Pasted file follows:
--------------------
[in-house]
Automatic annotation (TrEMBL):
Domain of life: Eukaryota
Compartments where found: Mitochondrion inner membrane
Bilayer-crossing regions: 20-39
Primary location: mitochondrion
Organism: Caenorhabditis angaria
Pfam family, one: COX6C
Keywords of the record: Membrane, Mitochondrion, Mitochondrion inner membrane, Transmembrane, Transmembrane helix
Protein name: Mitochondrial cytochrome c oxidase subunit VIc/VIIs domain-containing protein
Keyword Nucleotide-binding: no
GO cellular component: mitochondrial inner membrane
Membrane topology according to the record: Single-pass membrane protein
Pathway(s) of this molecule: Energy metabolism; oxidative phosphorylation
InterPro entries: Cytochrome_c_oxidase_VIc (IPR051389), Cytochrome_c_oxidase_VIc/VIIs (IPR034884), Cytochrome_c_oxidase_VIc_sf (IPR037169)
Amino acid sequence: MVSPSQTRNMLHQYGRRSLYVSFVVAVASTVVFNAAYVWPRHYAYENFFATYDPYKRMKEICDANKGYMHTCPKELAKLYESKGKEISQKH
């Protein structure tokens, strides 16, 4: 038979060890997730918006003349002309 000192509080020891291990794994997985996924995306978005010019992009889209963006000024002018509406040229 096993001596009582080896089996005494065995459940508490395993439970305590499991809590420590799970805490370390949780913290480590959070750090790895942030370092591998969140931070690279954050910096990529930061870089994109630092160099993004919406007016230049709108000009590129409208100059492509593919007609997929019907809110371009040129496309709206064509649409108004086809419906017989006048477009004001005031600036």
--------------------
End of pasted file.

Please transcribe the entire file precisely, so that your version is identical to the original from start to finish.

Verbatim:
[in-house]
Automatic annotation (TrEMBL):
Domain of life: Eukaryota
Compartments where found: Mitochondrion inner membrane
Bilayer-crossing regions: 20-39
Primary location: mitochondrion
Organism: Caenorhabditis angaria
Pfam family, one: COX6C
Keywords of the record: Membrane, Mitochondrion, Mitochondrion inner membrane, Transmembrane, Transmembrane helix
Protein name: Mitochondrial cytochrome c oxidase subunit VIc/VIIs domain-containing protein
Keyword Nucleotide-binding: no
GO cellular component: mitochondrial inner membrane
Membrane topology according to the record: Single-pass membrane protein
Pathway(s) of this molecule: Energy metabolism; oxidative phosphorylation
InterPro entries: Cytochrome_c_oxidase_VIc (IPR051389), Cytochrome_c_oxidase_VIc/VIIs (IPR034884), Cytochrome_c_oxidase_VIc_sf (IPR037169)
Amino acid sequence: MVSPSQTRNMLHQYGRRSLYVSFVVAVASTVVFNAAYVWPRHYAYENFFATYDPYKRMKEICDANKGYMHTCPKELAKLYESKGKEISQKH
């Protein structure tokens, strides 16, 4: 038979060890997730918006003349002309 000192509080020891291990794994997985996924995306978005010019992009889209963006000024002018509406040229 096993001596009582080896089996005494065995459940508490395993439970305590499991809590420590799970805490370390949780913290480590959070750090790895942030370092591998969140931070690279954050910096990529930061870089994109630092160099993004919406007016230049709108000009590129409208100059492509593919007609997929019907809110371009040129496309709206064509649409108004086809419906017989006048477009004001005031600036």